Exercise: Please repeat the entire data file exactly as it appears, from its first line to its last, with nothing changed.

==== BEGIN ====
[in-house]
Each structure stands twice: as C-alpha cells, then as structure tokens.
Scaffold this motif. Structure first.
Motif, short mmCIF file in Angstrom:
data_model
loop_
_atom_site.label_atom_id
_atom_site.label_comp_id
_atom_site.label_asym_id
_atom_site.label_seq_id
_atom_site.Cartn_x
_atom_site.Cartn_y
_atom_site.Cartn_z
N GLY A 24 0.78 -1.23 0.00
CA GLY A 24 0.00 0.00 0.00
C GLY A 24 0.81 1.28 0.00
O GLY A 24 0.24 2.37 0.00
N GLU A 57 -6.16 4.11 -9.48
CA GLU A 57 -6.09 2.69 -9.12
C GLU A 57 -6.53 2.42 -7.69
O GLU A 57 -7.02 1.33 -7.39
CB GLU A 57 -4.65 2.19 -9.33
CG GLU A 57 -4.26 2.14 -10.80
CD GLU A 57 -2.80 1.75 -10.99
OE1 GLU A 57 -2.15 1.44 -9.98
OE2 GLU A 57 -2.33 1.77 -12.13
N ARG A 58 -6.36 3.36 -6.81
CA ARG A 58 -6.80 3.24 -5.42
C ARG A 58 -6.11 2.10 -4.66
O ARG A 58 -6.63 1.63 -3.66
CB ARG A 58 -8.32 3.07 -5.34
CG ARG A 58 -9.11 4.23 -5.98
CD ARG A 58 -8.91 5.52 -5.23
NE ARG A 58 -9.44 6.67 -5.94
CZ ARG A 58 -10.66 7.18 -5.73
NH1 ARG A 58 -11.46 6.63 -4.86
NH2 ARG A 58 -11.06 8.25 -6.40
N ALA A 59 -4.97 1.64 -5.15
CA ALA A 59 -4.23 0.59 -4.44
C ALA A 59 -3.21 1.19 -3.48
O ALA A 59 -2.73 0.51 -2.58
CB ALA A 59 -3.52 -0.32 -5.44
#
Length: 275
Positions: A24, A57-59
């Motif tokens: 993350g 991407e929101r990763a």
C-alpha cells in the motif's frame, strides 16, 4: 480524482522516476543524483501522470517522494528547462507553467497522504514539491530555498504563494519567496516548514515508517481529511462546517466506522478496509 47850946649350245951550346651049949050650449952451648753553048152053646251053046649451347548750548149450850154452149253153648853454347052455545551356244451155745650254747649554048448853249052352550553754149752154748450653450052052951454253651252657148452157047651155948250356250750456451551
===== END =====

[in-house]
Each structure stands twice: as C-alpha cells, then as structure tokens.
Scaffold this motif. Structure first.
Motif, short mmCIF file in Angstrom:
data_model
loop_
_atom_site.label_atom_id
_atom_site.label_comp_id
_atom_site.label_asym_id
_atom_site.label_seq_id
_atom_site.Cartn_x
_atom_site.Cartn_y
_atom_site.Cartn_z
N GLY A 24 0.78 -1.23 0.00
CA GLY A 24 0.00 0.00 0.00
C GLY A 24 0.81 1.28 0.00
O GLY A 24 0.24 2.37 0.00
N GLU A 57 -6.16 4.11 -9.48
CA GLU A 57 -6.09 2.69 -9.12
C GLU A 57 -6.53 2.42 -7.69
O GLU A 57 -7.02 1.33 -7.39
CB GLU A 57 -4.65 2.19 -9.33
CG GLU A 57 -4.26 2.14 -10.80
CD GLU A 57 -2.80 1.75 -10.99
OE1 GLU A 57 -2.15 1.44 -9.98
OE2 GLU A 57 -2.33 1.77 -12.13
N ARG A 58 -6.36 3.36 -6.81
CA ARG A 58 -6.80 3.24 -5.42
C ARG A 58 -6.11 2.10 -4.66
O ARG A 58 -6.63 1.63 -3.66
CB ARG A 58 -8.32 3.07 -5.34
CG ARG A 58 -9.11 4.23 -5.98
CD ARG A 58 -8.91 5.52 -5.23
NE ARG A 58 -9.44 6.67 -5.94
CZ ARG A 58 -10.66 7.18 -5.73
NH1 ARG A 58 -11.46 6.63 -4.86
NH2 ARG A 58 -11.06 8.25 -6.40
N ALA A 59 -4.97 1.64 -5.15
CA ALA A 59 -4.23 0.59 -4.44
C ALA A 59 -3.21 1.19 -3.48
O ALA A 59 -2.73 0.51 -2.58
CB ALA A 59 -3.52 -0.32 -5.44
#
Length: 275
Positions: A24, A57-59
């Motif tokens: 993350g 991407e929101r990763a």
C-alpha cells in the motif's frame, strides 16, 4: 480524482522516476543524483501522470517522494528547462507553467497522504514539491530555498504563494519567496516548514515508517481529511462546517466506522478496509 47850946649350245951550346651049949050650449952451648753553048152053646251053046649451347548750548149450850154452149253153648853454347052455545551356244451155745650254747649554048448853249052352550553754149752154748450653450052052951454253651252657148452157047651155948250356250750456451551